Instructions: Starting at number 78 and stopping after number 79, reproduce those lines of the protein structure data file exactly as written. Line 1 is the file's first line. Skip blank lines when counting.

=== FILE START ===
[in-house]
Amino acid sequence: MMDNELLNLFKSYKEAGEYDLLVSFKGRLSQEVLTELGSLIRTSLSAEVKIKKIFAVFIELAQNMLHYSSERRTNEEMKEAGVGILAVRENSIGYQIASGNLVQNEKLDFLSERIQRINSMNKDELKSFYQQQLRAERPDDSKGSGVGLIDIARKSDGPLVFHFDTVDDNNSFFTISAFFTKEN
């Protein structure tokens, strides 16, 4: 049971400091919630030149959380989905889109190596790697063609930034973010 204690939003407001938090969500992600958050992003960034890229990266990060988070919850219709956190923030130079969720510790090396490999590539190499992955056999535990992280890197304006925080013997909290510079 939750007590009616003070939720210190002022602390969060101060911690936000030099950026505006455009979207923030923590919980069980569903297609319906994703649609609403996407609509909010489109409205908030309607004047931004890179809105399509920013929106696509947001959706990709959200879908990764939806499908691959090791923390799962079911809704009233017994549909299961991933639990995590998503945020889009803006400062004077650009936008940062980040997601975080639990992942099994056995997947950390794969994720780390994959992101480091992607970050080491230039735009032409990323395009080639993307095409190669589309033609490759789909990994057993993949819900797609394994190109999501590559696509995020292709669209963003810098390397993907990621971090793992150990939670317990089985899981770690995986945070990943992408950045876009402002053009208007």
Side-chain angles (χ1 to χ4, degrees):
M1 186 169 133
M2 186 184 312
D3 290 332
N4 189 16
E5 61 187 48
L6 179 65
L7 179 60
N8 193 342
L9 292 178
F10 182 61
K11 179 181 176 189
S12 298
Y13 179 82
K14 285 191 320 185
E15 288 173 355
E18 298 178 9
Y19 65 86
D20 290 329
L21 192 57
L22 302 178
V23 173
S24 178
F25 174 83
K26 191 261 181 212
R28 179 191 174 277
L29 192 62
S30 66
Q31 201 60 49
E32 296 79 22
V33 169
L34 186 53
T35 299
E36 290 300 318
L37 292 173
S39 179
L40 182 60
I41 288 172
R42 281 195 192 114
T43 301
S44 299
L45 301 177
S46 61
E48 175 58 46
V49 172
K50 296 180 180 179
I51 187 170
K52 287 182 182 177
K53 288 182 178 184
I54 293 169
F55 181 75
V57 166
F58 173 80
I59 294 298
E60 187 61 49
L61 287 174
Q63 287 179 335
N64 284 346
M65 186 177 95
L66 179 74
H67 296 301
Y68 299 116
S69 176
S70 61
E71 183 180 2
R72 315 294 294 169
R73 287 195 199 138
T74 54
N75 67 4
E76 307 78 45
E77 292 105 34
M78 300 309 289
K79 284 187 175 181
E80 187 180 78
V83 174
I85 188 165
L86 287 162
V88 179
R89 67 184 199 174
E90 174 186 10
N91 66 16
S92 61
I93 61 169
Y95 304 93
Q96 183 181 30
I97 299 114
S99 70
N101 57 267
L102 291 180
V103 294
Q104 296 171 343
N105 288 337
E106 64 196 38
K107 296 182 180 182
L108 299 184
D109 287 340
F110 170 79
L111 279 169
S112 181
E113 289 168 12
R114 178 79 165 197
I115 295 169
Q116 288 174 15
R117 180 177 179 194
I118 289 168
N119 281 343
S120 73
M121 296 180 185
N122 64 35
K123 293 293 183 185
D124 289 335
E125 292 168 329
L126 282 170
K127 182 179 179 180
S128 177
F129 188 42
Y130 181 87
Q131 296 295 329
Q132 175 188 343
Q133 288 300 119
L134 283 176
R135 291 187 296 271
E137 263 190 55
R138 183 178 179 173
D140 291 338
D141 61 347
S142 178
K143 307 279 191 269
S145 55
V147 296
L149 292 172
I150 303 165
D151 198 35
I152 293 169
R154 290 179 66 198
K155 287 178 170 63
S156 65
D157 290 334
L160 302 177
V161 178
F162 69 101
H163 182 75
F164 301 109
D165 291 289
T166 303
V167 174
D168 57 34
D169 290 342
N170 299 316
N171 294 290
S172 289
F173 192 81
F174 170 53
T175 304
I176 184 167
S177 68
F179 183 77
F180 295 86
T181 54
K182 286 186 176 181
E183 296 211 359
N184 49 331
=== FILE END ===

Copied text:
V83 174
I85 188 165